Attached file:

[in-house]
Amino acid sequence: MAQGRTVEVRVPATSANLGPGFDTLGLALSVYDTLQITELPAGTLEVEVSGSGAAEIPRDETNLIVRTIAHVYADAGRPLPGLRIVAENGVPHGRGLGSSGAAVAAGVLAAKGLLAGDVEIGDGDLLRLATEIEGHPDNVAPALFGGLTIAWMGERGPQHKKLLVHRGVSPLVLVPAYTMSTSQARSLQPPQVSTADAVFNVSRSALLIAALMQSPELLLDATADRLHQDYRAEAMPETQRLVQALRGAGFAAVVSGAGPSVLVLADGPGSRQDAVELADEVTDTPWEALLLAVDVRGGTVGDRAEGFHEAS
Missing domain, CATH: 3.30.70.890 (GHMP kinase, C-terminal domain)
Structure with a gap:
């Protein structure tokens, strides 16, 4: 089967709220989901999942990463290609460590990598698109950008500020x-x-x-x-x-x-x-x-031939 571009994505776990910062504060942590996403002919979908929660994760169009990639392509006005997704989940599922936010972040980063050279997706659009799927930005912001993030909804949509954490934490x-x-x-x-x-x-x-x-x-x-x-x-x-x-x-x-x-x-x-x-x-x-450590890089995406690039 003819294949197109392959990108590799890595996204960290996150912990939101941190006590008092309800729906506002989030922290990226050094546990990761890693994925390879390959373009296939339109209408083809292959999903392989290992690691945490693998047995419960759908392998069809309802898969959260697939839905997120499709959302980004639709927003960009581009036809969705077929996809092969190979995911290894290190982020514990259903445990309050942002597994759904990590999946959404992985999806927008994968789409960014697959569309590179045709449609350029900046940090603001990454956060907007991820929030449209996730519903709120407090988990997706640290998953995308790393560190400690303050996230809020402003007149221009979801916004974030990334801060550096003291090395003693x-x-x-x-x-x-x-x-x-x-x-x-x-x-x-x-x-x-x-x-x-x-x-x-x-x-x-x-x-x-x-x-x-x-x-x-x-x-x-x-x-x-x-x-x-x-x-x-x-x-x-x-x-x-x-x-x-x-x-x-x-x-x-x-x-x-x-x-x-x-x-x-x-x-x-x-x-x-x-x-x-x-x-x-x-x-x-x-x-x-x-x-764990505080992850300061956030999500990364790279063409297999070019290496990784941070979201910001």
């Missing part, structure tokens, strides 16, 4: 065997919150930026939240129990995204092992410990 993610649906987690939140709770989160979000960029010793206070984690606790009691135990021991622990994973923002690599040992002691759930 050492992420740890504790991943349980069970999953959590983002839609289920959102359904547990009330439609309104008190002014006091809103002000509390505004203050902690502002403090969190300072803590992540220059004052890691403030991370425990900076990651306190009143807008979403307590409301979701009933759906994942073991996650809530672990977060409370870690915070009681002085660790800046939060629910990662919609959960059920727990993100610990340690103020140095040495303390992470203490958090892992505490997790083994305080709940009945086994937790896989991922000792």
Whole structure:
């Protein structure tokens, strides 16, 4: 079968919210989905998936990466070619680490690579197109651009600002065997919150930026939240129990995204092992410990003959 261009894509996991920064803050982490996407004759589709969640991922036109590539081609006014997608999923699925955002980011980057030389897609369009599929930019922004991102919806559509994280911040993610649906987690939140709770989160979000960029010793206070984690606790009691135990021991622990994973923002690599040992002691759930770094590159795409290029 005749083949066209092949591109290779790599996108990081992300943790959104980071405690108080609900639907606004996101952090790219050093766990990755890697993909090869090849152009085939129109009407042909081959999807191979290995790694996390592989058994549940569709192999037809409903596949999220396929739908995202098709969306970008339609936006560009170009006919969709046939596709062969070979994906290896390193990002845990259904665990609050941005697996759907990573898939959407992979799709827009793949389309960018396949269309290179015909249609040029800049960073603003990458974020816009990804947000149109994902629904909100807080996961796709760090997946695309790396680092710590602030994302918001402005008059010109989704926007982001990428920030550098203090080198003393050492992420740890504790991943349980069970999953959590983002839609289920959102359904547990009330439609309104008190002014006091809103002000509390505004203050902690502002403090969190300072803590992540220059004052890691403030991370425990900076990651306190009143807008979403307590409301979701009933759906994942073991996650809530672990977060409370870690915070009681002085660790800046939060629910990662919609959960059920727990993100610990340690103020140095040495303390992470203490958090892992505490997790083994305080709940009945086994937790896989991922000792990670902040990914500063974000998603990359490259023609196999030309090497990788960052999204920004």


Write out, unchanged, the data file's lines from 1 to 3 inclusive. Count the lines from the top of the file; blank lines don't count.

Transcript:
[in-house]
Amino acid sequence: MAQGRTVEVRVPATSANLGPGFDTLGLALSVYDTLQITELPAGTLEVEVSGSGAAEIPRDETNLIVRTIAHVYADAGRPLPGLRIVAENGVPHGRGLGSSGAAVAAGVLAAKGLLAGDVEIGDGDLLRLATEIEGHPDNVAPALFGGLTIAWMGERGPQHKKLLVHRGVSPLVLVPAYTMSTSQARSLQPPQVSTADAVFNVSRSALLIAALMQSPELLLDATADRLHQDYRAEAMPETQRLVQALRGAGFAAVVSGAGPSVLVLADGPGSRQDAVELADEVTDTPWEALLLAVDVRGGTVGDRAEGFHEAS
Missing domain, CATH: 3.30.70.890 (GHMP kinase, C-terminal domain)